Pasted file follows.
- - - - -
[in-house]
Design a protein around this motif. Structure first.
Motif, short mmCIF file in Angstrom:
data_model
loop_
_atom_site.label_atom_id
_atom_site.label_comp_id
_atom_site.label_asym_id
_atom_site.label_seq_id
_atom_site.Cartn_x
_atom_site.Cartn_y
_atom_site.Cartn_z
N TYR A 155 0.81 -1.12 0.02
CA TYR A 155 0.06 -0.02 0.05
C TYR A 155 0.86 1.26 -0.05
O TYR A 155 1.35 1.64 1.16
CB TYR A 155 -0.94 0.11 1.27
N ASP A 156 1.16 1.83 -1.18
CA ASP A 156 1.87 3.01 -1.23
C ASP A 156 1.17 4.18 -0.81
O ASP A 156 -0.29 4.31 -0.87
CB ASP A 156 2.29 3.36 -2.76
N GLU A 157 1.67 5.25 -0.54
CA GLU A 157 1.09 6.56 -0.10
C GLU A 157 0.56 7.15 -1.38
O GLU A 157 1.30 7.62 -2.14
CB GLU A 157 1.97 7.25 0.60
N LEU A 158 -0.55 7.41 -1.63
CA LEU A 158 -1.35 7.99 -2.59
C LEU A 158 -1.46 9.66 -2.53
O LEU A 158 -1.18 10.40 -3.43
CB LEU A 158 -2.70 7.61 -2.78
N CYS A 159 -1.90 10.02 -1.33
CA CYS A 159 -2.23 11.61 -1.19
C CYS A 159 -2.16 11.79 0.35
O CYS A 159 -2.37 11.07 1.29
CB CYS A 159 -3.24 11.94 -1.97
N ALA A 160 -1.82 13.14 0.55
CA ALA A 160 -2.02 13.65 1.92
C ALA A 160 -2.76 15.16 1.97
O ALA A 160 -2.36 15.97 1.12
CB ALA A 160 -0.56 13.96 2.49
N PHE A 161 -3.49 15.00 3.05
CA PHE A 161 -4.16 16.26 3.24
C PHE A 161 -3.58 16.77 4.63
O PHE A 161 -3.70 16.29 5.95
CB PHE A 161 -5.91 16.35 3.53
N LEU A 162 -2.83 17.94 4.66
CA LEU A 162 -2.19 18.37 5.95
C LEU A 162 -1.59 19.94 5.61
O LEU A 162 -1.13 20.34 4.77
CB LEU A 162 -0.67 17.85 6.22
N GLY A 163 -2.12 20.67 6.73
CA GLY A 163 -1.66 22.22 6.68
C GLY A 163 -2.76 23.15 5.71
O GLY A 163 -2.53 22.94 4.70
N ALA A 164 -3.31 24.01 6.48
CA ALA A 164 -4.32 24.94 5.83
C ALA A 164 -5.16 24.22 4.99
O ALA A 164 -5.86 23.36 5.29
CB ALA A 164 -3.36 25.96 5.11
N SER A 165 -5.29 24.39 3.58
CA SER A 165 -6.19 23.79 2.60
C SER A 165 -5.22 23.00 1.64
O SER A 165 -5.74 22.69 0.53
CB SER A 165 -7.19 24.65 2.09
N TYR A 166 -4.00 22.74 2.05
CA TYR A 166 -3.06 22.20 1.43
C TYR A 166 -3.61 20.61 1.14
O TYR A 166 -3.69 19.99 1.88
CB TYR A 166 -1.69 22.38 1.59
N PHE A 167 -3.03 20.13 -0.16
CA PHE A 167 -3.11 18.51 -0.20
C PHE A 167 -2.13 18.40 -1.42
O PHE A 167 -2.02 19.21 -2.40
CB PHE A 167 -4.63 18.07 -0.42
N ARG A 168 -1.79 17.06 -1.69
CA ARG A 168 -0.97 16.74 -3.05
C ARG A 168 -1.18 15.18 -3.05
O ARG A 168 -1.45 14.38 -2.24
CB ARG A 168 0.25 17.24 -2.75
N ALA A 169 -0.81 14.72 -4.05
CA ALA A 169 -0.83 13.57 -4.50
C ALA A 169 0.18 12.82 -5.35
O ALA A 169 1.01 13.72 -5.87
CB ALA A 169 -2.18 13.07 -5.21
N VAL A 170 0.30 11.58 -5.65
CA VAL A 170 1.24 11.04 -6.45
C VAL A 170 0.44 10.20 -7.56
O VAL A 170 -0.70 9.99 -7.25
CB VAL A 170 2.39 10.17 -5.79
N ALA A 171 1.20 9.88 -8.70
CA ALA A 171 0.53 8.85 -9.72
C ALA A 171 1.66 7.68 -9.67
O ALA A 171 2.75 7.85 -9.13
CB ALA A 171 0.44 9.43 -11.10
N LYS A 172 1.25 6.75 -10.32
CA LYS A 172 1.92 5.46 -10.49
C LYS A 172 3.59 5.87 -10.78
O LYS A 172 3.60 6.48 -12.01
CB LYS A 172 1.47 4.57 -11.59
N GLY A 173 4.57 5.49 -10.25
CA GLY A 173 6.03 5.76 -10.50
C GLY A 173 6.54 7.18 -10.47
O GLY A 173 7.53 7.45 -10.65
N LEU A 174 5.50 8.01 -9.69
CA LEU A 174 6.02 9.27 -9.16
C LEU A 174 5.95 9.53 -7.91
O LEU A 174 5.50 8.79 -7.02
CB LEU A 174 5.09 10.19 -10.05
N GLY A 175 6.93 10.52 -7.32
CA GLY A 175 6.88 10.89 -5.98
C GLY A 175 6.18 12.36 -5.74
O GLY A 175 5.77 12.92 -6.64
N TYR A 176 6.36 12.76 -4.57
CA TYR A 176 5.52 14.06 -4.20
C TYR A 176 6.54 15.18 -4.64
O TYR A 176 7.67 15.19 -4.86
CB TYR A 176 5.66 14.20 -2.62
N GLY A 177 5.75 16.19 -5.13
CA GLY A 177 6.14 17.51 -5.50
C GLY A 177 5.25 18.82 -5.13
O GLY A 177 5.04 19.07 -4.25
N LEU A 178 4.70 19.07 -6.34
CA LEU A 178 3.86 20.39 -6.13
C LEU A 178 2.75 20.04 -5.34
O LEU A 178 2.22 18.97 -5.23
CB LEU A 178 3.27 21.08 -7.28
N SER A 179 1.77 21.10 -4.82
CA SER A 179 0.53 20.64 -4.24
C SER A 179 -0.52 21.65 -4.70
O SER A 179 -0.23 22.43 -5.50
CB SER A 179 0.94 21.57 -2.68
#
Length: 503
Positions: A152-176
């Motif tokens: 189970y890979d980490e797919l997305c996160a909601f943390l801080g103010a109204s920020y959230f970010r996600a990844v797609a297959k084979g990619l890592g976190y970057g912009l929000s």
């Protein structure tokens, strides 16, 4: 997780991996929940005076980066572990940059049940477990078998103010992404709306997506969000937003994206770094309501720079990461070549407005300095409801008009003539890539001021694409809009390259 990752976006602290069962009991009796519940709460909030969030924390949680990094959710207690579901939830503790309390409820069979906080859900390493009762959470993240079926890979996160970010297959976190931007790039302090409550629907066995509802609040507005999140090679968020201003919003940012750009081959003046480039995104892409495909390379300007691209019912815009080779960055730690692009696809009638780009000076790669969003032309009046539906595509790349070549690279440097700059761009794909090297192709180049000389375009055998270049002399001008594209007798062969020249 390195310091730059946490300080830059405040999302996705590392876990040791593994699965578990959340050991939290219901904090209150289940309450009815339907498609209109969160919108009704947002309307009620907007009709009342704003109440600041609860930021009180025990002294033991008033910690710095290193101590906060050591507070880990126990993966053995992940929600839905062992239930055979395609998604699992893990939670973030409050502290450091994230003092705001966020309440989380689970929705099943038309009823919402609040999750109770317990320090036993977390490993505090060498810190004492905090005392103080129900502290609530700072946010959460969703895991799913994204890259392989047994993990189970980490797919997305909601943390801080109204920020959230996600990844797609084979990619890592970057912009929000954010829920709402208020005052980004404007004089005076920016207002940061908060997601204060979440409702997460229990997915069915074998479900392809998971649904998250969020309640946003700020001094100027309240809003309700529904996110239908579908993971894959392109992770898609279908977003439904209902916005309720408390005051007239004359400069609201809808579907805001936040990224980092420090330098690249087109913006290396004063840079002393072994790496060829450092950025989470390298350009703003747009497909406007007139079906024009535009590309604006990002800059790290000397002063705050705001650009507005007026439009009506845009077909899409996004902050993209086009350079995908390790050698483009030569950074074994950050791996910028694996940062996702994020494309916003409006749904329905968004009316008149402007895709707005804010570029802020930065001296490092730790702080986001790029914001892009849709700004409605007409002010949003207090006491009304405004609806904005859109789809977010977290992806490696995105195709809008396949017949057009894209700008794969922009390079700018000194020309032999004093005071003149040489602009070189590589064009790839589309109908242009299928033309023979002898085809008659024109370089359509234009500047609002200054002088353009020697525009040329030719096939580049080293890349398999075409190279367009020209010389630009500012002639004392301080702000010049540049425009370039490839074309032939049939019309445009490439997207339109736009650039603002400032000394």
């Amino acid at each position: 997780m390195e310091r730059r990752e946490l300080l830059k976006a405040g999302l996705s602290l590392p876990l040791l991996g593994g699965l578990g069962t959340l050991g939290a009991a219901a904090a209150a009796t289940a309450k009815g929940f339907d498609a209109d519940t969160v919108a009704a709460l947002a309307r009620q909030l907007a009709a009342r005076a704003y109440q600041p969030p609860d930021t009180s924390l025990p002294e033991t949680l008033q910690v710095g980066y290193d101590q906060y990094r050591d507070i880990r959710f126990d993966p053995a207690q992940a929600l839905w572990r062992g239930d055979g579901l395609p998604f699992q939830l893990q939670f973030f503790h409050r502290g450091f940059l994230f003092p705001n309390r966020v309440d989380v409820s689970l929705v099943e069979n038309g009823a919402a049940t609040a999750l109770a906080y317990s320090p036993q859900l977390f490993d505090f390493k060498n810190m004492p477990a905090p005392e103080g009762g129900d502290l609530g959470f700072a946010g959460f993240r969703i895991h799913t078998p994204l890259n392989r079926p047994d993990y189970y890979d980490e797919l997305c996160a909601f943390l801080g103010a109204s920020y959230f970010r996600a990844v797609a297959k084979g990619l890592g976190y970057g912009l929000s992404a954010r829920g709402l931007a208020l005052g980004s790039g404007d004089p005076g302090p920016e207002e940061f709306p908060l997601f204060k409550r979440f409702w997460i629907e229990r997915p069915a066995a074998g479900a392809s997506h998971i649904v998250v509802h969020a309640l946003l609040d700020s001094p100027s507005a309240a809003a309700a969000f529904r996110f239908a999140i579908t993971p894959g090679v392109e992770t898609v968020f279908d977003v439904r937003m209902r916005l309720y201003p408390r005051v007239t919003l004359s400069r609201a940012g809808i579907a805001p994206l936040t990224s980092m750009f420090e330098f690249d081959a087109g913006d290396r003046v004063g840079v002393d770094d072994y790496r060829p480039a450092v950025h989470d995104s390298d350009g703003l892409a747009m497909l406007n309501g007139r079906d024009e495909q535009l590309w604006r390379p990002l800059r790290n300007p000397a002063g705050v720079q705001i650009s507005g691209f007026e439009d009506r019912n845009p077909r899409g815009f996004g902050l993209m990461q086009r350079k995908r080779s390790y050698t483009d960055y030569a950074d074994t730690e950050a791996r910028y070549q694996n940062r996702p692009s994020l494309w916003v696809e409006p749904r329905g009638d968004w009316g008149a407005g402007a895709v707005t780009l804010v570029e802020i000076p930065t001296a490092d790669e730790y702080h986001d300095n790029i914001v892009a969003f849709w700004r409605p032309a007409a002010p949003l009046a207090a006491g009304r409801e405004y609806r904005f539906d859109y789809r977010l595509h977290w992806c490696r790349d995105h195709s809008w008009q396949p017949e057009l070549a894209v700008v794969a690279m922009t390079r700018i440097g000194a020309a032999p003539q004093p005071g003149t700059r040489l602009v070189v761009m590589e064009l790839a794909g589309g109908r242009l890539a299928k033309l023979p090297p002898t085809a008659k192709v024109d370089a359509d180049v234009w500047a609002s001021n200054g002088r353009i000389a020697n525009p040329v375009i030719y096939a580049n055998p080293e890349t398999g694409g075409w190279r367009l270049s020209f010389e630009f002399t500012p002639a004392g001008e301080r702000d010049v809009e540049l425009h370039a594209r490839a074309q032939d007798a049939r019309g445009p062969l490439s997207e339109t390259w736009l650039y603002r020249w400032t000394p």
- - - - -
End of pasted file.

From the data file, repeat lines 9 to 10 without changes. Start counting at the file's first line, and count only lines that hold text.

_atom_site.label_seq_id
_atom_site.Cartn_x